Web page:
In my efforts to be more connected with the professional community at large in library world I’ve been a member of Twitter and FriendFeed for about a year. I liked it at first reading other people’s thoughts and ideas, sharing my own, and seeing what news and links others posted that I might not have seen otherwise (or may have ignored until a critical mass all post the same story).
Lately, I’d not been feeling the vibe:
- Too often I was reading a lot about the mundane daily life of people I don’t even really know.
- Some of the people I follow can “tweet” an awful lot in a short amount of time. I’m sure they’re wonderful people, but I don’t have time/patience to read all that.
- Since I’ve been working in records management since last summer, even the library-related content wasn’t too relevant to me.
- I admit that I’m egotistical enough that I’m miffed that people rarely respond to anything I post. Even my comments on FriendFeed seem to be thread killers.
One day last week I came close to deleting my Twitter and FriendFeed accounts. But then I decided, it’s probably not them. It’s me.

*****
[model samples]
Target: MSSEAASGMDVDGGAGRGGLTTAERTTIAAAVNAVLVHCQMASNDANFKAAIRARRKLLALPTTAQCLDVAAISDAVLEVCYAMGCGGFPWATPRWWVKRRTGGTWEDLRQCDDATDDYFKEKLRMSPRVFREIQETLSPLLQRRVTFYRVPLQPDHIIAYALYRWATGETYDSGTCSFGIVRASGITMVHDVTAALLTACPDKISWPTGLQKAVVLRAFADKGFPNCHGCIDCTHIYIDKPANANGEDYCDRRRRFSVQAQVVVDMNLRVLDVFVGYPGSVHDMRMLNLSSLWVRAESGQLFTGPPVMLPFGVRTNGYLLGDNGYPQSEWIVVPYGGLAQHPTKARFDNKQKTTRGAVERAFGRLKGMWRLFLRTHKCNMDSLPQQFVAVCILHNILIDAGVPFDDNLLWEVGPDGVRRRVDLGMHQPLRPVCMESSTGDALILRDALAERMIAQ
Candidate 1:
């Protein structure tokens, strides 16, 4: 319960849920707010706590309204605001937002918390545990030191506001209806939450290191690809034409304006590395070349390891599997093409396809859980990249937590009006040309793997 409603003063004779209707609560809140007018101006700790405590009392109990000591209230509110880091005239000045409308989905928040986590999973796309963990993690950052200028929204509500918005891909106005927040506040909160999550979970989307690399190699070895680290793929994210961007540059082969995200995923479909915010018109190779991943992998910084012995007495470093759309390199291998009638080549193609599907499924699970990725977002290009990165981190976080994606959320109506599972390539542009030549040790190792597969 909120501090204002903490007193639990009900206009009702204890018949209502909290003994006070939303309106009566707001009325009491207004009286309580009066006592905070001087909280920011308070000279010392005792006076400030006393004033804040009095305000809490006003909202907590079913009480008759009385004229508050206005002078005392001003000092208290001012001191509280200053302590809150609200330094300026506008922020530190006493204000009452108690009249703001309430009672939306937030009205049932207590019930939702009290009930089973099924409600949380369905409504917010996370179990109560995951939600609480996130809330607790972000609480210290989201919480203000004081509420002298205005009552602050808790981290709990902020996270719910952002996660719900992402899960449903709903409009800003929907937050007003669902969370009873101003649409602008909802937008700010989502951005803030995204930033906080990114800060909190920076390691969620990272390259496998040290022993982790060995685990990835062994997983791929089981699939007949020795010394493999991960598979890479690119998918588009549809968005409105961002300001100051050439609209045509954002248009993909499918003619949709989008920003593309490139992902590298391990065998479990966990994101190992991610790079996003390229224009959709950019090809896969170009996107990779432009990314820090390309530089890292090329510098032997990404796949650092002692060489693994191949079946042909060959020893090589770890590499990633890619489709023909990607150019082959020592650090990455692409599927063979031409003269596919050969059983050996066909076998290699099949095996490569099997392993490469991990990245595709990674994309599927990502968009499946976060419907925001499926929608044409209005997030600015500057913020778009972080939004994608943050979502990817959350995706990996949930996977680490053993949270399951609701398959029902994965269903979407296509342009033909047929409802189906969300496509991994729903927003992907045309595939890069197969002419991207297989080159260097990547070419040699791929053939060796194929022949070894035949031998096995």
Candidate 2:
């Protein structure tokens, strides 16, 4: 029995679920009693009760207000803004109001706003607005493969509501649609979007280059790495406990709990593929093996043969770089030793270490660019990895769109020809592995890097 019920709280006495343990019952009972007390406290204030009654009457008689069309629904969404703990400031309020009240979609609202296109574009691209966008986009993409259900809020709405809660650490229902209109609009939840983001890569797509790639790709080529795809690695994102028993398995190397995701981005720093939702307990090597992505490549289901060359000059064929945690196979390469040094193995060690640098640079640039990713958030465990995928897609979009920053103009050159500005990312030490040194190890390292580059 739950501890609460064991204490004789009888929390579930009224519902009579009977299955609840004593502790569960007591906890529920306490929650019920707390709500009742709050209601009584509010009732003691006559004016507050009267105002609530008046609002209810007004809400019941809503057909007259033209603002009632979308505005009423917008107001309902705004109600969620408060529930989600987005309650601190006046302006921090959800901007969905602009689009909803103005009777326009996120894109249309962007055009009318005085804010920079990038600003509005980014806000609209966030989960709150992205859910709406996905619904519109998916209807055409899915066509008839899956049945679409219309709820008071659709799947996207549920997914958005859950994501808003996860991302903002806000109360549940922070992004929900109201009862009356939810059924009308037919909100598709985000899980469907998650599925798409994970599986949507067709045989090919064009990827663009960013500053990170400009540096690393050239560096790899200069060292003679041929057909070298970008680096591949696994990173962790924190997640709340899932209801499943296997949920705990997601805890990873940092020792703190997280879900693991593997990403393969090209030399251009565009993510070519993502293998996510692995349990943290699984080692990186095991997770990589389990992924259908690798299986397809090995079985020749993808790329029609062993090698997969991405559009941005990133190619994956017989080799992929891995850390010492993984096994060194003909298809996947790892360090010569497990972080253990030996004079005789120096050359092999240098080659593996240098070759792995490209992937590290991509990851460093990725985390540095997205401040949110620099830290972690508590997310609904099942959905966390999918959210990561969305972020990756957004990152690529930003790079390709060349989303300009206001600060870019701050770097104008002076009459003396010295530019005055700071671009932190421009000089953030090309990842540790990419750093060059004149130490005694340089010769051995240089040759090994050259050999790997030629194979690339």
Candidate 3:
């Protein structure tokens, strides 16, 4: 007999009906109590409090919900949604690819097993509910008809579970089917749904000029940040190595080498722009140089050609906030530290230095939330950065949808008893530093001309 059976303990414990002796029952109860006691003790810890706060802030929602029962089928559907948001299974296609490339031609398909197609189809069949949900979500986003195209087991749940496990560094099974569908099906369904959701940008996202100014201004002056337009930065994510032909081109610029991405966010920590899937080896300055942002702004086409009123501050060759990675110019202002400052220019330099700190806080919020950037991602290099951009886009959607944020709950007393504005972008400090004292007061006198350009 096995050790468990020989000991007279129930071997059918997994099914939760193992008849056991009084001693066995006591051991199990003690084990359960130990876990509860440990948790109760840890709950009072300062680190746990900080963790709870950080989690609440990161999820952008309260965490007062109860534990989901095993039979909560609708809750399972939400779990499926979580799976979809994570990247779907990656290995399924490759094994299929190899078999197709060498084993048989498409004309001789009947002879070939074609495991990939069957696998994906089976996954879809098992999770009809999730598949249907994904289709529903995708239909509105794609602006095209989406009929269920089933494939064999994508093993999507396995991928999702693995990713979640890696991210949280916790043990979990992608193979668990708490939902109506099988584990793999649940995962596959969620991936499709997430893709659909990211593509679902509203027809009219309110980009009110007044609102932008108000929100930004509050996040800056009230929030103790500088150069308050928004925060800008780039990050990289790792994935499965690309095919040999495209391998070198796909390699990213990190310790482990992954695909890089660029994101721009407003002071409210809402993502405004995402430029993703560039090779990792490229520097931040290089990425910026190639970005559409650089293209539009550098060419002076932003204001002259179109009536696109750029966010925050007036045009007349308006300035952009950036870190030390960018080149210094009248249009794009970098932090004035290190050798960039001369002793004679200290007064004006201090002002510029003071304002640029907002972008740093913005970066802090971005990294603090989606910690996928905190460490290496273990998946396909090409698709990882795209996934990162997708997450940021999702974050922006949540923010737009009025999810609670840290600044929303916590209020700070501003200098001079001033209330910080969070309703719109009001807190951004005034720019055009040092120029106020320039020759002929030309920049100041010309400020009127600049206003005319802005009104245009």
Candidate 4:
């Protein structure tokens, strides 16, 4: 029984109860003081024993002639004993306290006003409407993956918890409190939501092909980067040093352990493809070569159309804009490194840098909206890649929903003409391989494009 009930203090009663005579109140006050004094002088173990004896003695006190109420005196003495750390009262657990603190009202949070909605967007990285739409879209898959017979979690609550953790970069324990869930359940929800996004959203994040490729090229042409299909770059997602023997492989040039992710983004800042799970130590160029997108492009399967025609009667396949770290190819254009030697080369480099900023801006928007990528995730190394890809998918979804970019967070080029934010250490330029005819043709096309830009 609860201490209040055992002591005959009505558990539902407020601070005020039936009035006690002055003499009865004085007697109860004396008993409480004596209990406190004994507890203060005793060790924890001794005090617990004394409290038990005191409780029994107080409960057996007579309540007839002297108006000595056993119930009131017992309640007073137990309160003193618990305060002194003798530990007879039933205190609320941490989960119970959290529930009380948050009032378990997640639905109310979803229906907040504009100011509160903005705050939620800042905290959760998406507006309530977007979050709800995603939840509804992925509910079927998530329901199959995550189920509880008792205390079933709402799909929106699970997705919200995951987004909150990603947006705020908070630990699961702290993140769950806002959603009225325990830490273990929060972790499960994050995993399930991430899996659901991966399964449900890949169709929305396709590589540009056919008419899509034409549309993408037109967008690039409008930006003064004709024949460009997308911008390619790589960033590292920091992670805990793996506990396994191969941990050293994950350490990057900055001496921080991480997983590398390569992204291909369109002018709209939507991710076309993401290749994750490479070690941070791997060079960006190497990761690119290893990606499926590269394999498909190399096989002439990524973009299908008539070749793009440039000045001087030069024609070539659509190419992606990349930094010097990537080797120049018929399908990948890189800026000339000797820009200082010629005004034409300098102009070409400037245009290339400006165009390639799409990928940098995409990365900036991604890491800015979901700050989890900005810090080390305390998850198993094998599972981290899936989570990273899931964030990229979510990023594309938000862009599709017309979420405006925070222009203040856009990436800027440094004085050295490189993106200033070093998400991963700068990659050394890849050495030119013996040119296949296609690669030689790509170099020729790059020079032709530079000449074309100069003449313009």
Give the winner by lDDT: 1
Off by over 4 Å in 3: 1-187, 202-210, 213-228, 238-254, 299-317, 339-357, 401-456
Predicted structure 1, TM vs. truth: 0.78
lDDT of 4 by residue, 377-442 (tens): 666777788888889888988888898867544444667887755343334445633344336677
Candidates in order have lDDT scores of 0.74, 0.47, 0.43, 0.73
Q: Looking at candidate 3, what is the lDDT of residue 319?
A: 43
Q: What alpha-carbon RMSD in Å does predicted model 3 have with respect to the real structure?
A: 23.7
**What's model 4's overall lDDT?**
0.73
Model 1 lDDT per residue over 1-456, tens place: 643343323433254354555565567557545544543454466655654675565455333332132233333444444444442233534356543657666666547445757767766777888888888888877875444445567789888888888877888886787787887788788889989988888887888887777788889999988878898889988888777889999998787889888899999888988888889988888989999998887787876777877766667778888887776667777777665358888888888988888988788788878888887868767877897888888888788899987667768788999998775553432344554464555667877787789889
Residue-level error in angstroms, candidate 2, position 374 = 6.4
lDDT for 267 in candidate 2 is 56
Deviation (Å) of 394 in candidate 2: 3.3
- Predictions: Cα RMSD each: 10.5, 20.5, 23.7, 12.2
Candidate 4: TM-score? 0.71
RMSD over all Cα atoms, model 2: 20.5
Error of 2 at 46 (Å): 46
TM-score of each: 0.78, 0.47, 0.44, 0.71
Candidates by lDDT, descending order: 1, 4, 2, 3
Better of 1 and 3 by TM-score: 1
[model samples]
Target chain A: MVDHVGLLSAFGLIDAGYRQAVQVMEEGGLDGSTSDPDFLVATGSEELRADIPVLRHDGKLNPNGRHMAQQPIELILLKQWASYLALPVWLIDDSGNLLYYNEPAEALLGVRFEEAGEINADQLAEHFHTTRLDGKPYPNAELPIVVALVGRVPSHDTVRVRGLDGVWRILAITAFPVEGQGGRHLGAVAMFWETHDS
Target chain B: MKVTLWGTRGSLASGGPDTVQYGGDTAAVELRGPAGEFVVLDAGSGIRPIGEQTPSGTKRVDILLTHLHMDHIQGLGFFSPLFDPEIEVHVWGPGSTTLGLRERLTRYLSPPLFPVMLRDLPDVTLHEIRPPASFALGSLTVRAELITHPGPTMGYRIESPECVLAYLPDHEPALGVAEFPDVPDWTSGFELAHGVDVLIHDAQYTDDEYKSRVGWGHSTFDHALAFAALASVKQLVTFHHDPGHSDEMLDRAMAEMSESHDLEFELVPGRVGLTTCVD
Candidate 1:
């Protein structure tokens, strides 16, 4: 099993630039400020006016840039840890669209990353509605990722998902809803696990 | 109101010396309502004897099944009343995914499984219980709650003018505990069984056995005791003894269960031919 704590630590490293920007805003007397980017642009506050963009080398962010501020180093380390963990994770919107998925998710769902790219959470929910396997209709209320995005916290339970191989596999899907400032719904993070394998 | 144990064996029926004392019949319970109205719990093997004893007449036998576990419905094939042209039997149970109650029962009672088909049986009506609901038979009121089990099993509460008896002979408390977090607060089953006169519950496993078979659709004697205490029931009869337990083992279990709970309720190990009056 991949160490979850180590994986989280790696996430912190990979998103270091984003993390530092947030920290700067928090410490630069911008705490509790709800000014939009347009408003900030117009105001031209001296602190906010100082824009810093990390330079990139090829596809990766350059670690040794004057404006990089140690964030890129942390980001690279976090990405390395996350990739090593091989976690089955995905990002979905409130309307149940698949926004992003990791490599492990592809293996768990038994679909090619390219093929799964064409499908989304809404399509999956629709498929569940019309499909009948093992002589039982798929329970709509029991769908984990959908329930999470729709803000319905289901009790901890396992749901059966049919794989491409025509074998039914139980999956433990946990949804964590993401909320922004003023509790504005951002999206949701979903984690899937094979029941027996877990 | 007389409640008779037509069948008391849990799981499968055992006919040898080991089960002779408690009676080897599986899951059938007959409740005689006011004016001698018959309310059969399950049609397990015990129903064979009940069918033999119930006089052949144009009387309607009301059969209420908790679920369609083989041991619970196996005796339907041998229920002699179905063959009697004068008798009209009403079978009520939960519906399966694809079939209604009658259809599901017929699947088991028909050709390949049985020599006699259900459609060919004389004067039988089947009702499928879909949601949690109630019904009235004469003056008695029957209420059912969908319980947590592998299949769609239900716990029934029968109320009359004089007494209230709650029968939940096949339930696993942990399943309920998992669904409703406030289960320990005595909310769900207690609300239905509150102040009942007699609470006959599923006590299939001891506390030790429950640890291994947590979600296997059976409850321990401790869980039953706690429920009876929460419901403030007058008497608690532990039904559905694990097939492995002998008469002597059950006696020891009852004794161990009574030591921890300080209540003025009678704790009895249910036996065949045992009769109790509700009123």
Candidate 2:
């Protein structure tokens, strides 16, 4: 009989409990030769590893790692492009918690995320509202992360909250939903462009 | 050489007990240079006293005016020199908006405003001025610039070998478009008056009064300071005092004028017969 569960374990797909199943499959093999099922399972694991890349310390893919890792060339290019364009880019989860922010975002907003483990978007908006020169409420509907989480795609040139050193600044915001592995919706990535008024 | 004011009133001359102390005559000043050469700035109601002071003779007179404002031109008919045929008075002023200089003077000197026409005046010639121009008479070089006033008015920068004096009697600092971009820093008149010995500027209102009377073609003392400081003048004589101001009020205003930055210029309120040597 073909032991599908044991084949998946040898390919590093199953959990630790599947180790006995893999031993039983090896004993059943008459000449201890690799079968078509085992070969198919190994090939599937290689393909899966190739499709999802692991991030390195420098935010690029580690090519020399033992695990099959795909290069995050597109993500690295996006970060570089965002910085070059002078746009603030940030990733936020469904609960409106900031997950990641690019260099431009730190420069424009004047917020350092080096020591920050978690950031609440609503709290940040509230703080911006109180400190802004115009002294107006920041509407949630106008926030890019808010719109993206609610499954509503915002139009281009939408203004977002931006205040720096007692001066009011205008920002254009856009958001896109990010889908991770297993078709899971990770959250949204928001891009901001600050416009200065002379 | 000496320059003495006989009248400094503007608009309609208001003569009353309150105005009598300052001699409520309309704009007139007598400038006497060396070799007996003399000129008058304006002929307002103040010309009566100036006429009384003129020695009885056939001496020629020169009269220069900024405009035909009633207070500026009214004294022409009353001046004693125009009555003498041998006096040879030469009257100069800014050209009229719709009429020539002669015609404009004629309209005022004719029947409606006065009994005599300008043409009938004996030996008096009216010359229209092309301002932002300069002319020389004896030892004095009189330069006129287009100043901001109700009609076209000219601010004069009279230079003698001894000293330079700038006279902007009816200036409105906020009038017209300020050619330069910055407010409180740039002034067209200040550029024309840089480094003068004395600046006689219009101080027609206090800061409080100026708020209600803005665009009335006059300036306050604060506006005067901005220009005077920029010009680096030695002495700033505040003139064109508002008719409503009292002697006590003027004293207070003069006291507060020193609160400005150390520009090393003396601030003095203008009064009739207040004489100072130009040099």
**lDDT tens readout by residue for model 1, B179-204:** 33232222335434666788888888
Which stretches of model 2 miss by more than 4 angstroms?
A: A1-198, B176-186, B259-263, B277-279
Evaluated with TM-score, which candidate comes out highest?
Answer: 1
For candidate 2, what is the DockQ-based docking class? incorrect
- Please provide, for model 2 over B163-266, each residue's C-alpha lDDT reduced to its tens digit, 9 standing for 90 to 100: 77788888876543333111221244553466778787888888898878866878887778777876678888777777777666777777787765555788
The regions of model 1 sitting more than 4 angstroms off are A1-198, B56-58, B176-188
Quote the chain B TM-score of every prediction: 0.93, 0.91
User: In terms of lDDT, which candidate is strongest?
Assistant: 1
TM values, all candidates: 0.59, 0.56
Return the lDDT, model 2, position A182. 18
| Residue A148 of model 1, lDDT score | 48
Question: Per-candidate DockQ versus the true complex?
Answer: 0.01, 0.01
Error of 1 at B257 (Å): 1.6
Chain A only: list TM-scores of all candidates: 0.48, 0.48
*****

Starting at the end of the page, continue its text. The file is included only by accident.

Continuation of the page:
So instead, I:
- Un-followed some of the folks who I was finding were posting the mundane/overly-frequent content. Again, wonderful people I’m sure, but I think if this is going to work for me I have to reconcile to the fact that a “follow” is not a binding contract.
- Put my real name into my handle to make it more professional. It was easier on Twitter where I’m now LiamTSullivan, but on FriendFeed I have hybrid real name/nick name liamothemts.
- Since I’d not found many people in the RIM field on Twitter on my own, I asked for good people to follow on, where else, Twitter. Since I’m also now an assistant to the archivist at my library I also asked for good archivists to follow on Twitter. I got an excellent response with some good suggestions from some unexpected sources. There’s even a blog post for 25 People All Archivists Must Follow on Twitter sent to me by my wife’s cousin.
- I’m making a concerted effort to be more participatory myself, posting work-related stuff, and responding to others. And I think it’s working.
And thus the story of my social media midlife crisis and how it’s been satisfactorily resolved. Now if I can just get through all the people complaining about the redesign of Facebook.
PS – Feel free to follow me on Twitter and FriendFeed and tell me I’m being a pompous windbag if you so feel inclined.